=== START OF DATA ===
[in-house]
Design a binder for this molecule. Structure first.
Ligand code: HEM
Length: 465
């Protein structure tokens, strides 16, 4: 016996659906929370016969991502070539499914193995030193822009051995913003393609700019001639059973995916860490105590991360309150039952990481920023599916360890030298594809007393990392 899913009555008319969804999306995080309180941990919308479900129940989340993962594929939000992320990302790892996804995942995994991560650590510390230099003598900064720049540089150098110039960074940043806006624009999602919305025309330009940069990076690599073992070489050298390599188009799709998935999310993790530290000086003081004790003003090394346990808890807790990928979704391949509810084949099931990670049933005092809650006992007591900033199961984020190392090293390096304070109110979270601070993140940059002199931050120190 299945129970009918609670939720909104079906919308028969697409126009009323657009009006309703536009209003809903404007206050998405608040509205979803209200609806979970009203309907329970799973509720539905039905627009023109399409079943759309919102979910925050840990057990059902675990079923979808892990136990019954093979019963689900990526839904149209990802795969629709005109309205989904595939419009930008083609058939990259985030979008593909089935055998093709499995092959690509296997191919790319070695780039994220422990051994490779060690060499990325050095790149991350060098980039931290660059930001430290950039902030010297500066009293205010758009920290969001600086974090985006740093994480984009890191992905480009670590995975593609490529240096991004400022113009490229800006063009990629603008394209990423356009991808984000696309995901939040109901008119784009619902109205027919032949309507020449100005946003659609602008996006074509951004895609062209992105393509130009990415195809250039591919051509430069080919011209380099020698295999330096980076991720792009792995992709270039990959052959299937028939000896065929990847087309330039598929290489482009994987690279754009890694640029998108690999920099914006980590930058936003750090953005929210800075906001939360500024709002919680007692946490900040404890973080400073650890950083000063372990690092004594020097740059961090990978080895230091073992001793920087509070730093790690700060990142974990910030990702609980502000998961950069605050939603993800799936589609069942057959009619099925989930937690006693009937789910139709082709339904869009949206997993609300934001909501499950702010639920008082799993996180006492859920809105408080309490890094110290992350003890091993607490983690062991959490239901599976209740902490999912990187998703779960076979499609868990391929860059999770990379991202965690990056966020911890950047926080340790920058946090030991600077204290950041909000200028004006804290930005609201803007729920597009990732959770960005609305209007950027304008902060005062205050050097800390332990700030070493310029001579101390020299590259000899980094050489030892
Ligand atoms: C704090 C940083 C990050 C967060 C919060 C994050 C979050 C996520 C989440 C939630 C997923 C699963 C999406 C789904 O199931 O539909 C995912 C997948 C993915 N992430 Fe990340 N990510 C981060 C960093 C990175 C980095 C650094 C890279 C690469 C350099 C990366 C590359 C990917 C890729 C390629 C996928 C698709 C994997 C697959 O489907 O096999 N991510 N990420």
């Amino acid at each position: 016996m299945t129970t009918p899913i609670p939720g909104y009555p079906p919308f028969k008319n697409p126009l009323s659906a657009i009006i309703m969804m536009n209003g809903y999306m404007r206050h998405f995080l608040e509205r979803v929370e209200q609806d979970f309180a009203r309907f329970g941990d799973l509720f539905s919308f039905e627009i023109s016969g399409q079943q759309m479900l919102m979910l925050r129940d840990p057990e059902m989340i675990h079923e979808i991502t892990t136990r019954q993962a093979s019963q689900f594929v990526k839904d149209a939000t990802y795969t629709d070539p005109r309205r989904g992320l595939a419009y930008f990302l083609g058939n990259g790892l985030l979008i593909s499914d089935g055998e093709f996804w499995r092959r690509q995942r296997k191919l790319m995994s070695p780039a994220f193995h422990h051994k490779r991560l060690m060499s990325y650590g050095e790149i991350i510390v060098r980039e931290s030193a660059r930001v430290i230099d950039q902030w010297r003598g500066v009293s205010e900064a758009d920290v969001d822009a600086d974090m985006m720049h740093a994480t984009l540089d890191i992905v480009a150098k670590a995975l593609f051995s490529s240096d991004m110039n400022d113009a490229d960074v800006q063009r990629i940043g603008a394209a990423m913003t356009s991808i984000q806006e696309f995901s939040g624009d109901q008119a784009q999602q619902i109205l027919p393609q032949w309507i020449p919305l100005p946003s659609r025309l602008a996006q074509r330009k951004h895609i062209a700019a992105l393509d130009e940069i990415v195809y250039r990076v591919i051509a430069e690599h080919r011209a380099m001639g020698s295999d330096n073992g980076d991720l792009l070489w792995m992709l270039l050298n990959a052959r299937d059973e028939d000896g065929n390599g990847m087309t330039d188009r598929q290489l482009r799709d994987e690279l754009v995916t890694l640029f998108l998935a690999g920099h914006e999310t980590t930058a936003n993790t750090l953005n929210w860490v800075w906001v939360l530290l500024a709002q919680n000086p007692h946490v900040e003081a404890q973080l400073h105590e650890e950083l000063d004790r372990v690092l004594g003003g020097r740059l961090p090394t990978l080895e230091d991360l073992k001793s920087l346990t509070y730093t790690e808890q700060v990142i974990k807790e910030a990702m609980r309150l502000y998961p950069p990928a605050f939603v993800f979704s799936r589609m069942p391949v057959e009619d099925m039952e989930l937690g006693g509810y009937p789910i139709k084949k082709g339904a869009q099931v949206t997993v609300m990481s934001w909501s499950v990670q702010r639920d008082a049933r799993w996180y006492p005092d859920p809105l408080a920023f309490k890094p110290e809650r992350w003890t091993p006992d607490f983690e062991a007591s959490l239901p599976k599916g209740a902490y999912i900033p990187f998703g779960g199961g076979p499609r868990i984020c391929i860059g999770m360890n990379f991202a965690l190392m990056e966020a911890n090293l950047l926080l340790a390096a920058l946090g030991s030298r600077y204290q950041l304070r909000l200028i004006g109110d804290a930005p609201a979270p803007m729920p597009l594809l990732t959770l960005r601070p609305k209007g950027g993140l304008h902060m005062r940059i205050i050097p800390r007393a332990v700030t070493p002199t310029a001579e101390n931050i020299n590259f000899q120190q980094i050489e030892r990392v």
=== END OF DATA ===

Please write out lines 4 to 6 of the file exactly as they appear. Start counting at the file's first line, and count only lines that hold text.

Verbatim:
Length: 465
């Protein structure tokens, strides 16, 4: 016996659906929370016969991502070539499914193995030193822009051995913003393609700019001639059973995916860490105590991360309150039952990481920023599916360890030298594809007393990392 899913009555008319969804999306995080309180941990919308479900129940989340993962594929939000992320990302790892996804995942995994991560650590510390230099003598900064720049540089150098110039960074940043806006624009999602919305025309330009940069990076690599073992070489050298390599188009799709998935999310993790530290000086003081004790003003090394346990808890807790990928979704391949509810084949099931990670049933005092809650006992007591900033199961984020190392090293390096304070109110979270601070993140940059002199931050120190 299945129970009918609670939720909104079906919308028969697409126009009323657009009006309703536009209003809903404007206050998405608040509205979803209200609806979970009203309907329970799973509720539905039905627009023109399409079943759309919102979910925050840990057990059902675990079923979808892990136990019954093979019963689900990526839904149209990802795969629709005109309205989904595939419009930008083609058939990259985030979008593909089935055998093709499995092959690509296997191919790319070695780039994220422990051994490779060690060499990325050095790149991350060098980039931290660059930001430290950039902030010297500066009293205010758009920290969001600086974090985006740093994480984009890191992905480009670590995975593609490529240096991004400022113009490229800006063009990629603008394209990423356009991808984000696309995901939040109901008119784009619902109205027919032949309507020449100005946003659609602008996006074509951004895609062209992105393509130009990415195809250039591919051509430069080919011209380099020698295999330096980076991720792009792995992709270039990959052959299937028939000896065929990847087309330039598929290489482009994987690279754009890694640029998108690999920099914006980590930058936003750090953005929210800075906001939360500024709002919680007692946490900040404890973080400073650890950083000063372990690092004594020097740059961090990978080895230091073992001793920087509070730093790690700060990142974990910030990702609980502000998961950069605050939603993800799936589609069942057959009619099925989930937690006693009937789910139709082709339904869009949206997993609300934001909501499950702010639920008082799993996180006492859920809105408080309490890094110290992350003890091993607490983690062991959490239901599976209740902490999912990187998703779960076979499609868990391929860059999770990379991202965690990056966020911890950047926080340790920058946090030991600077204290950041909000200028004006804290930005609201803007729920597009990732959770960005609305209007950027304008902060005062205050050097800390332990700030070493310029001579101390020299590259000899980094050489030892
Ligand atoms: C704090 C940083 C990050 C967060 C919060 C994050 C979050 C996520 C989440 C939630 C997923 C699963 C999406 C789904 O199931 O539909 C995912 C997948 C993915 N992430 Fe990340 N990510 C981060 C960093 C990175 C980095 C650094 C890279 C690469 C350099 C990366 C590359 C990917 C890729 C390629 C996928 C698709 C994997 C697959 O489907 O096999 N991510 N990420």